1:40pm - 3:00pm
Fraser Shilling, Co-Director, Road Ecology Center, UC Davis
In US states, mitigation of the spread of COVID-19 has been implemented by cities, counties, and governors’ offices through “shelter-in-place” and “stay-at-home” orders and related actions. The Road Ecology Center carried out 3 primary types of investigation into the traffic reduction that resulted from these orders and the corresponding “silver linings” that emerged for driver safety, climate change, and nature.
Traffic Safety: Using observations of reported traffic incidents in our real-time “California Highway Incident Processing System” (CHIPS), the Road Ecology Center found a ~50% reduction in injury and non-injury crashes, on state highways and rural roads that resulted from Governor Newsom’s “shelter in place” order, from ~1,000 crashes and ~400 injury/fatal crashes per day to 500 and 200 per day, respectively. These reductions have resulted in a savings to the public of about $40 million/day, or $1 billion since the order went into effect.
Climate Change: In the US, transportation, including personal vehicles, releases about 29% of the greenhouse gas (GHG) per year. We found that estimated emissions had declined by >50% following the various government stay-at-home orders. This puts the US on track to meet its annual goals for GHG reduction under the Paris Climate Accord.
Impacts to High traffic volume is a primary contributor to wildlife-vehicle conflict (WVC) and wildlife mortality on roads. Using traffic and collision data from four US states (California, Idaho, Maine, and Washington), we found a 34% reduction in WVC. This reduction in mortality would potentially equate to 10s of millions fewer vertebrates killed on US roadways during one month of traffic reduction, representing an unintentional conservation action unprecedented in modern times.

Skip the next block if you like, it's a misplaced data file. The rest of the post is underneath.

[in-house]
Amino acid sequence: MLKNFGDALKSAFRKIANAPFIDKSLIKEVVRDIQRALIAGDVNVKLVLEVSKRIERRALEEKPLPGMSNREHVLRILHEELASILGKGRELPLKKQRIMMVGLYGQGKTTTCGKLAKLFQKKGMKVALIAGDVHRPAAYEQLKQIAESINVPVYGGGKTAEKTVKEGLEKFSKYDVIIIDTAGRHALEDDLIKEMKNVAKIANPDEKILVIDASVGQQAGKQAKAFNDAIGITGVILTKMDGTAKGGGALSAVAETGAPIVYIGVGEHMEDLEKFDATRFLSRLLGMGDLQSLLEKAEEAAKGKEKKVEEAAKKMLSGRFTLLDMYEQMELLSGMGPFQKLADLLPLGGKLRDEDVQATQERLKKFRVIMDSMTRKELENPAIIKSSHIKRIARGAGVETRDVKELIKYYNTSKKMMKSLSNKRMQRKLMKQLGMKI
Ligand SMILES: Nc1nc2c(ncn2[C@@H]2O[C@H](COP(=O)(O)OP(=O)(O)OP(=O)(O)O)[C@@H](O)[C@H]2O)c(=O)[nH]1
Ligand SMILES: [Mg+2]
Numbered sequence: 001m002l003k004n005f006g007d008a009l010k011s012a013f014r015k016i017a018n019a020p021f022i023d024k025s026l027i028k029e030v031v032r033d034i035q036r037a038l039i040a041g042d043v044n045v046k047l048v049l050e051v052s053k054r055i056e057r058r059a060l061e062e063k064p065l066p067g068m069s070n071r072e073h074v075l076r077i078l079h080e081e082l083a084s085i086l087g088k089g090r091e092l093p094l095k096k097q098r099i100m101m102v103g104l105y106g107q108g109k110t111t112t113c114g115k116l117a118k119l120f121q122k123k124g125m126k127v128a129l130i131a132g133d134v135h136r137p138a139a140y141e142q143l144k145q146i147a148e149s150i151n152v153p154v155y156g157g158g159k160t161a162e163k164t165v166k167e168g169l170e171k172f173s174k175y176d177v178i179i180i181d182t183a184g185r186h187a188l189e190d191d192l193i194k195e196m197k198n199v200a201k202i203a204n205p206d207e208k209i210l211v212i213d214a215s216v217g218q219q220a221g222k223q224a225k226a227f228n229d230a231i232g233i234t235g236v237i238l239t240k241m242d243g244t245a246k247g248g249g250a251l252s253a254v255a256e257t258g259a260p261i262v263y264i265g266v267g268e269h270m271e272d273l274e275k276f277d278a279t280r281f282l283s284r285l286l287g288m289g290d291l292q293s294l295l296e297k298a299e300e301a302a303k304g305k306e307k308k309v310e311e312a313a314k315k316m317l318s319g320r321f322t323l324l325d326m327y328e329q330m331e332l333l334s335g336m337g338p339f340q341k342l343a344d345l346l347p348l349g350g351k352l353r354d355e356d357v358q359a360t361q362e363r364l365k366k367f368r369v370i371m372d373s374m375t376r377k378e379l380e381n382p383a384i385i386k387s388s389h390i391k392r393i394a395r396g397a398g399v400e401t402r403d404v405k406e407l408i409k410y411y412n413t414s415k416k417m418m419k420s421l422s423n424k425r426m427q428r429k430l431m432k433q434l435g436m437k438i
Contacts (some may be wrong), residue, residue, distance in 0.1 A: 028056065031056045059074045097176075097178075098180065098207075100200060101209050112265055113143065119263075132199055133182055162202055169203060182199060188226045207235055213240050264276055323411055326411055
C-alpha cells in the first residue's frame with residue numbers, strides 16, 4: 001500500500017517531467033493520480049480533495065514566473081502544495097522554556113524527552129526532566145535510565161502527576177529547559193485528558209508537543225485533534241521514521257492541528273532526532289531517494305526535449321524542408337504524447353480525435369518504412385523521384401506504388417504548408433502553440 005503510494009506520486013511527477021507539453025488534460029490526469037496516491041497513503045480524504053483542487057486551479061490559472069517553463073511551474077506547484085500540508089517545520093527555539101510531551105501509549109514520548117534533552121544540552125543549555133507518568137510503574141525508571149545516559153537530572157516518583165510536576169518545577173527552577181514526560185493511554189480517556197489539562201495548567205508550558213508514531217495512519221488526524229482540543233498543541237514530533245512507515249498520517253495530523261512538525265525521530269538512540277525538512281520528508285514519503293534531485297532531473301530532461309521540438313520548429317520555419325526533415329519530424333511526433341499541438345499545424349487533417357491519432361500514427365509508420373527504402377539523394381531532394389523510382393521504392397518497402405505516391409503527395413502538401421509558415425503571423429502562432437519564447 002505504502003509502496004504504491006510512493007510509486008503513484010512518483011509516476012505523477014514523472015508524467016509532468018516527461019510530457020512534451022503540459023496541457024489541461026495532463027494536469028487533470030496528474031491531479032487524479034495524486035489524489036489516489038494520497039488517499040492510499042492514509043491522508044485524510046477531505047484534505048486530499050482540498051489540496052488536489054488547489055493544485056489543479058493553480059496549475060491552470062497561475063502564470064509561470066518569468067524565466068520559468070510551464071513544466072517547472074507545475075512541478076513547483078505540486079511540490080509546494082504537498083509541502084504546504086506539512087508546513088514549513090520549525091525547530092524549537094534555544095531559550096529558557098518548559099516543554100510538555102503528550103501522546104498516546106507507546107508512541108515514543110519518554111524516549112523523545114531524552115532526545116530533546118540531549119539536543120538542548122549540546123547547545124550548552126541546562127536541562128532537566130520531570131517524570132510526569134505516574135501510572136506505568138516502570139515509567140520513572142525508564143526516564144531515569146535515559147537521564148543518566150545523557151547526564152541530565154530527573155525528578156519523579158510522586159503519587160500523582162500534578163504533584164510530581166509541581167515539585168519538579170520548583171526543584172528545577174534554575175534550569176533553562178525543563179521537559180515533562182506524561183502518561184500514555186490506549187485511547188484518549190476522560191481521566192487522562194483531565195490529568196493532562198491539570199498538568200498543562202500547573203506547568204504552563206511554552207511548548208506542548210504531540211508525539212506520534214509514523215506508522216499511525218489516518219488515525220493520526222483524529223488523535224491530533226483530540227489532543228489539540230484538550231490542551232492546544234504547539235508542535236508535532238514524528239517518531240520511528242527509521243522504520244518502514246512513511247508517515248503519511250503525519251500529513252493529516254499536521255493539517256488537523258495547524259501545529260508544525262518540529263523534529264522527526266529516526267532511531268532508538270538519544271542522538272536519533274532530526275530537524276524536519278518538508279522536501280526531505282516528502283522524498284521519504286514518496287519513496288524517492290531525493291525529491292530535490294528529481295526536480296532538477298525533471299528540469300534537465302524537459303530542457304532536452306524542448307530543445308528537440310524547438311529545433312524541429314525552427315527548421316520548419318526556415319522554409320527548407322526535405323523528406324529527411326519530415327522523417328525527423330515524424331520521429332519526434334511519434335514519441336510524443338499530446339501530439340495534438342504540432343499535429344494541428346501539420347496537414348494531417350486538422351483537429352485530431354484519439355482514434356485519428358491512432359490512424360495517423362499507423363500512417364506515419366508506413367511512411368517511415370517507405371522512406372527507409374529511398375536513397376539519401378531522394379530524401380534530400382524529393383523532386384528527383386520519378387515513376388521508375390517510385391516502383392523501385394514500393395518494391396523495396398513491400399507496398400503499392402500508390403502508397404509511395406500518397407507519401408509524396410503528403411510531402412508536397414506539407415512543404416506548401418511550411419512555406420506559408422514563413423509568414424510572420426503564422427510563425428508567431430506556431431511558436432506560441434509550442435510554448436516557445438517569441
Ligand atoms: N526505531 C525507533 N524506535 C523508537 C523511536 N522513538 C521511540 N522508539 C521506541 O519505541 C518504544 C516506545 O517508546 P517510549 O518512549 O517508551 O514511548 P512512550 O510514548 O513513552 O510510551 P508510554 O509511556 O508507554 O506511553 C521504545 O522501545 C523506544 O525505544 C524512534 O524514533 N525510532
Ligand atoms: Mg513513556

Director, Road Ecology Center, Department of Environmental Science & Policy, (530) 752 7859. email@example.com, https://roadecology.ucdavis.edu/people/fraser-shilling
Fraser received his PhD from USC and has 3 main project areas in transportation ecology: 1) finding out how environmental disruptions (e.g., climate change, pandemics) impact transportation and other systems, 2) studying how traffic noise and light impacts wildlife use of habitat and wildlife crossing structures, and 3) studying the interaction of transportation systems with natural processes. He is the lead organizer for the International Conference on Ecology and Transportation (ICOET) and co-organizer of the Global Congress on Linear Infrastructure and the Environment (inaugural congress in 2021).